Unlike a certain New York Times columnist, I do not normally write about (or draw large conclusions from) conversations with taxi drivers. But for this column I must make an exception.
Some years ago, I got into a taxi in downtown Toronto, riding into the suburbs to see a friend. The driver asked if I was an Indian; when I replied in the affirmative, he said, with intense emotion: ‘George Fernandes is my father! George Fernandes is my father!’
The cabbie was an Iranian, who had come to India as a student in the 1970s. However, he was more interested in politics than scholarship, and was an active member of a group called Fedayee Guerilla, which sought to replace the monarchical regime then in place in Iran with a socialist alternative.
In the late 1970s, George Fernandes was a Union minister in New Delhi. His Lutyens bungalow was a refuge for radicals of all kinds. Tibetan students opposed to Chinese imperialism hung out there. So did Shan and Karen rebels in exile from the military dictatorship in Burma. The Iranian fidayeen now driving me in Toronto had also found his way to Fernandes’ house, where he ate free meals and dreamt of proletarian revolution.
In February 1979, a revolution took place in Iran. However, this was a revolution of the Right, and this Iranian socialist in exile detested Ayatollah Khomeini even more than he detested Shah Reza Pahlavi. Later in 1979, a delegation from the new government in Teheran came on a visit to New Delhi. The Left-wing Iranian students met them at Palam Airport with slogans and placards. Accused of violating their visa status, they were arrested and taken off to prison.
The jail the Iranian fidayeen were in was dark and dingy. The food was awful; the sanitation, worse. To their great good luck, however, their friend and fellow socialist, the minister in the Union government, got to know of their plight. One morning George Fernandes arrived in jail, supplied a personal guarantee and had the students shifted to the outhouse of his Lutyens bungalow.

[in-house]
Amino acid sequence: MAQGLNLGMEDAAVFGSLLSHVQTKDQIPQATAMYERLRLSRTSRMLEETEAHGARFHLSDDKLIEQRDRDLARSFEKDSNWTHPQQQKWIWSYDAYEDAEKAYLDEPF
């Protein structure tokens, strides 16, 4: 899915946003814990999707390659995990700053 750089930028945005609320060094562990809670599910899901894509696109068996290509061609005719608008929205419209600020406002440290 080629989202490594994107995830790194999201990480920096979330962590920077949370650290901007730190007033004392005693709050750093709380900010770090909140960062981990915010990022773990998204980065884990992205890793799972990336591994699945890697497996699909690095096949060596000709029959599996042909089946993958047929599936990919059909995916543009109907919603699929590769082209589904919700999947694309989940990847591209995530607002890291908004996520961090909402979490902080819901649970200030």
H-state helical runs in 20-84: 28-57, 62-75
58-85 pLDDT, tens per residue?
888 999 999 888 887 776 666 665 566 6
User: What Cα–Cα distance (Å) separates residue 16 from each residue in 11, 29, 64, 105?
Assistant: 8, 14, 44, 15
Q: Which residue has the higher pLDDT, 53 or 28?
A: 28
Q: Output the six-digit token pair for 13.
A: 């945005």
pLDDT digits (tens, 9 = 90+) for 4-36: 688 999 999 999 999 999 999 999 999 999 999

As 1979 gave way to 1980, a new government came to power in New Delhi, and Fernandes lost whatever influence with the officials he had previously commanded. He now told his proteges to find a way out of India, where they could no longer be protected.
Thereafter, by means he was understandably reluctant to reveal, this former fidayeen from Iran made his way to Canada, where he now drove a taxi. But wherever he was and whatever he did, George Fernandes would forever be his father. For Fernandes had provided this Iranian student food and company in New Delhi, and later done him a favour infinitely more substantial; namely, saved him from an indefinite term as an undertrial in an Indian prison.
A stand-in father to students of many nationalities, Fernandes had once intended to become a Father of the Catholic Church, a priest curing souls. Born in Mangalore in 1930, the eldest of six brothers, his devout parents had him enrolled in a seminary in Bangalore.
After a year learning Latin, the boy ran away and returned to his home town, where he began organising hotel workers. However, he soon shifted base once more, to Bombay. His early years in the city are cloaked in legend and mystery; he may (or may not) have slept on pavements, and may (or may not) have cadged free food from Udupi cafes, by speaking to their owners in Konkani.
Shortly after moving to the city, Fernandes attached himself to Placid D’Mello, a prominent trade union leader in Mumbai. D’Mello and Fernandes were both socialists, engaged in a lively rivalry with the Communists who had previously dominated the trade union movement. Having grown up in Mangalore speaking Konkani, Tulu and Kannada, Fernandes had a natural flair for languages. He was soon speaking Marathi and Hindi with fluency as well, solidifying his base among the working class.
The first general election I myself remember took place in 1967, when I was eight. It was this election that brought George Fernandes to national attention.